A bhikkhunī whose Therīgāthā verses consist of a dialogue, firstly between her father Sujāta and a bhikkhunī, Vāsiṭṭhī, Thig.313–324 and later between Sundarī and her mother. Thig.325–338 Sujāta asked Vāsiṭṭhī why she does not grieve her lost children, and she answers that she has learnt the Dhamma from the Buddha. Sujāta then determines to go to Mithila to see the Buddha and go forth. When Sundarī’s mother heard the news, she implored Sundarī to remain as the heir to the family, but Sundarī was also committed to the Dhamma. She went to the Buddha and roared a Lion’s Roar.
A Paribbājikā. She listened to the persuasions of her colleagues, the heretics, and would be seen in the evenings going towards Jetavana with garlands, perfumes, fruits, etc. When asked where she was going, she would reply that she was going to spend the night in the Buddha’s cell. She would then spend it in a neighbouring monastery of the Paribbājakas and be seen again early in the morning coming from the direction of Jetavana. After some days, the heretics hired some villains to kill Sundarī and hide her body under a heap of rubbish near Jetavana. Then they raised a hue and cry and reported to the king that Sundarī was missing. A search was made, and her body was found near the Gandhakuti of the Buddha. Placing the body on a litter, they went about the streets of the city crying— “Behold the deeds of the Sākyan monks!” As a result, the monks were subjected to great insults in the streets. For seven days the Buddha stayed in the Gandhakuti, not going to the city for alms, and Ānanda even suggested that they should go to another city.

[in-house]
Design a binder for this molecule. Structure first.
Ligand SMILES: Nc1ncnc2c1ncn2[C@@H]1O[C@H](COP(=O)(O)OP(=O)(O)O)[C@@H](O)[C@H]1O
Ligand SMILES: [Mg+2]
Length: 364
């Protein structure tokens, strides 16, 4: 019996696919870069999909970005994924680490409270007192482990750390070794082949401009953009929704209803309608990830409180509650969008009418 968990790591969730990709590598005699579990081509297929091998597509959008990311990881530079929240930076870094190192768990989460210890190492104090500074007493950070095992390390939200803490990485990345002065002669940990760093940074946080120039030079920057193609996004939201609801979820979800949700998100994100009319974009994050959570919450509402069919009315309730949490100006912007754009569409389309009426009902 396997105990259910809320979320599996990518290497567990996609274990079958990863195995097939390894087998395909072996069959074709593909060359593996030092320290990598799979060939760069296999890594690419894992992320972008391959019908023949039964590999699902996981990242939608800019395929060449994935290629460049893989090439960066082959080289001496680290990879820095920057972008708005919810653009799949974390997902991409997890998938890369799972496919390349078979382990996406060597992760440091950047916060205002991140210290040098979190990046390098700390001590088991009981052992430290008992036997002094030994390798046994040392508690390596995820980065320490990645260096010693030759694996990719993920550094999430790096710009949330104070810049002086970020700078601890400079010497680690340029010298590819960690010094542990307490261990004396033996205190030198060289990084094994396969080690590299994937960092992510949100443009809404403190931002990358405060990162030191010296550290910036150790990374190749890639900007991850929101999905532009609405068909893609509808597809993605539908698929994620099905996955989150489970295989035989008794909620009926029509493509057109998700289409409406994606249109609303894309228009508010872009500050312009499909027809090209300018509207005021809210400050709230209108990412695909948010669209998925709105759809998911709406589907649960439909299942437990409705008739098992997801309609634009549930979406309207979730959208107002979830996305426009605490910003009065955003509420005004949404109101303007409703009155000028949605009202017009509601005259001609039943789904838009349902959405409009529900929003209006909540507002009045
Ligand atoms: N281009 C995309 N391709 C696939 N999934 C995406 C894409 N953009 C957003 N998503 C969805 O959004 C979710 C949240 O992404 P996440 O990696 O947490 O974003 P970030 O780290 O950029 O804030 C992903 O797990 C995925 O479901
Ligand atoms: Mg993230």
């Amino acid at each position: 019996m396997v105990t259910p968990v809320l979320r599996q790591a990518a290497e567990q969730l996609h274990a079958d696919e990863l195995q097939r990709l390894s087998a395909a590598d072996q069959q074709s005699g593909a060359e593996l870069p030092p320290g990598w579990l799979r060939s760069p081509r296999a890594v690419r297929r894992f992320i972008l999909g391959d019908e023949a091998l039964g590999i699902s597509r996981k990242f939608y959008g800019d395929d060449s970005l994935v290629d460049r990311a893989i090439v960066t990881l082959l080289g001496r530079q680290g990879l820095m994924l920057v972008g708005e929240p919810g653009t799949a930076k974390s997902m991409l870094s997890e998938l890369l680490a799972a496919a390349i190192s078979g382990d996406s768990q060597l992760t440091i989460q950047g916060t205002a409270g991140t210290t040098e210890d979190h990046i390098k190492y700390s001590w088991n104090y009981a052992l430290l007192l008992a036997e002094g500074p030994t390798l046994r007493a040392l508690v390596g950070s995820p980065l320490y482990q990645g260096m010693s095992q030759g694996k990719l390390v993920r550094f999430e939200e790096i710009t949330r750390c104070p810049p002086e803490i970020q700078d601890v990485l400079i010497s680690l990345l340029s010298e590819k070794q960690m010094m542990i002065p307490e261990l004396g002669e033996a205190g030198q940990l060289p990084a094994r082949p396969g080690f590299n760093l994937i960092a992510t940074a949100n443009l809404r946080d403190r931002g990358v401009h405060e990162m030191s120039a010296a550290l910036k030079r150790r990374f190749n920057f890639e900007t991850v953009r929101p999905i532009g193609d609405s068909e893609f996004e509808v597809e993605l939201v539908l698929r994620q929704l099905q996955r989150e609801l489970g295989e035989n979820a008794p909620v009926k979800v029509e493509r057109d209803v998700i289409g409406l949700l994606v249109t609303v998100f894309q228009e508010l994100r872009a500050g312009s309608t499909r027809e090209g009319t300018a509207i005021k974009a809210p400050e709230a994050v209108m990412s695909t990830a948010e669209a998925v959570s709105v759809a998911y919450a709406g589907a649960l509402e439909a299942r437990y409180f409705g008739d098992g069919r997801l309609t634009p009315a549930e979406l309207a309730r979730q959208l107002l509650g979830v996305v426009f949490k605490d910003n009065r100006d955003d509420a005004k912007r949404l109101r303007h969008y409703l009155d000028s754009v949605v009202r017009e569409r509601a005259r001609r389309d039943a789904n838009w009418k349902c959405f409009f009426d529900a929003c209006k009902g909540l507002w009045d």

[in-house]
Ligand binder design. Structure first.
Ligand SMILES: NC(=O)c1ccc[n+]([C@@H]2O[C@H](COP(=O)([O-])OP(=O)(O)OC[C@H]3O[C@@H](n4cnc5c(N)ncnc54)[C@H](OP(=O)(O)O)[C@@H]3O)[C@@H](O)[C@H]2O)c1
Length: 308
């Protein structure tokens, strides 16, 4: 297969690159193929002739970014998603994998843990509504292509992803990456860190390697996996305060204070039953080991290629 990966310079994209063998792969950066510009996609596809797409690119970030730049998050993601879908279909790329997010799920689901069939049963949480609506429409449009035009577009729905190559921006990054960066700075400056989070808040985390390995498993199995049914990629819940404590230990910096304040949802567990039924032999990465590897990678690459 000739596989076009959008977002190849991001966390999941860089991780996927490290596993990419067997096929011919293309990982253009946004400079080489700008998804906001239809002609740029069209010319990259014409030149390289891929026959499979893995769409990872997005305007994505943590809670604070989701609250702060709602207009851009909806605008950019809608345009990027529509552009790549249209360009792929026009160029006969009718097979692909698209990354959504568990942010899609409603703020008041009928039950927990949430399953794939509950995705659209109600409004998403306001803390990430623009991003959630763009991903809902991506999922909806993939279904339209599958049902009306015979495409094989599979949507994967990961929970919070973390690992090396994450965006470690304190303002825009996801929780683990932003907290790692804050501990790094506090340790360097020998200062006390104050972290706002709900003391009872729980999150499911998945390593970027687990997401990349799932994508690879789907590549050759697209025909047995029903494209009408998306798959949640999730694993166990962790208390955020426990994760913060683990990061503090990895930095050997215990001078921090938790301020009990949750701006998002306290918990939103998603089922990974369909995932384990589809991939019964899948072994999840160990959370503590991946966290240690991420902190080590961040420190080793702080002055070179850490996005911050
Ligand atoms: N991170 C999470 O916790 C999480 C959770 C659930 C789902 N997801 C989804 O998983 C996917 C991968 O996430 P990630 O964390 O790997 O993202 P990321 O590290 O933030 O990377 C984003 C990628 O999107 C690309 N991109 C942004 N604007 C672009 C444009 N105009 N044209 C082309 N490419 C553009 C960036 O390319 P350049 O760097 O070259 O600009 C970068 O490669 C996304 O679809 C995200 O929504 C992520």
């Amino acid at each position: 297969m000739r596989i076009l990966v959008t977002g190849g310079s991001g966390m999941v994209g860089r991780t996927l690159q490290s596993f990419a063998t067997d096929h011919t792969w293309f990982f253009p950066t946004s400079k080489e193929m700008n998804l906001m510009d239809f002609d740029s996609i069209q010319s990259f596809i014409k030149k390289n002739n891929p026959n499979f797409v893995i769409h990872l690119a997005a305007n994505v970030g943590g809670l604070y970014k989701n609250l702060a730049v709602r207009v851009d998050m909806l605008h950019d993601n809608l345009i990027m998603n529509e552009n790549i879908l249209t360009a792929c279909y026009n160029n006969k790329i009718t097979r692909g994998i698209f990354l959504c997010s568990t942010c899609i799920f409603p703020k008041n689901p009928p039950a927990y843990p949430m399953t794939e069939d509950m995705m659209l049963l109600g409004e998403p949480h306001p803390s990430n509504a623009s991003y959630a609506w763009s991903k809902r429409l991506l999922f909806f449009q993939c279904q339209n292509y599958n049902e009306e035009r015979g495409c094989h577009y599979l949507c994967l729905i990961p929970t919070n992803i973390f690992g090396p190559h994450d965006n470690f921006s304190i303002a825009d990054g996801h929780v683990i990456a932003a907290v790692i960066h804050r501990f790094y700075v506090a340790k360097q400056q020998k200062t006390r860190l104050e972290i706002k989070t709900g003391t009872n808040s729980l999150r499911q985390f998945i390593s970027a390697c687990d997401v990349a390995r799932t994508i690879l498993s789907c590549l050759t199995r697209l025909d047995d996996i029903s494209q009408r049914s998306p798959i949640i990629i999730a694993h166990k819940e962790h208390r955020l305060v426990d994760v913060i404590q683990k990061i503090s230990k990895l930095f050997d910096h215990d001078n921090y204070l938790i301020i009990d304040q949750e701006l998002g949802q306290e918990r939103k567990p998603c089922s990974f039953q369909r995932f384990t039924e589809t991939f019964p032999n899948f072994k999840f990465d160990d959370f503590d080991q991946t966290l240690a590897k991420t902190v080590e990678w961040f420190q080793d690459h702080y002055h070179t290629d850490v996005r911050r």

But the Buddha pointed out to him the absurdity of running away from a false report, and said that in seven days the truth would be known. The king employed spies, who found the murderers quarrelling among themselves after strong drink. They were seized and brought before the king, where they confessed their crime. The king sent for the heretics and compelled them to retract their accusations against the Buddha and his monks and to confess their own wickedness. They were then punished for murder. Ud.iv.8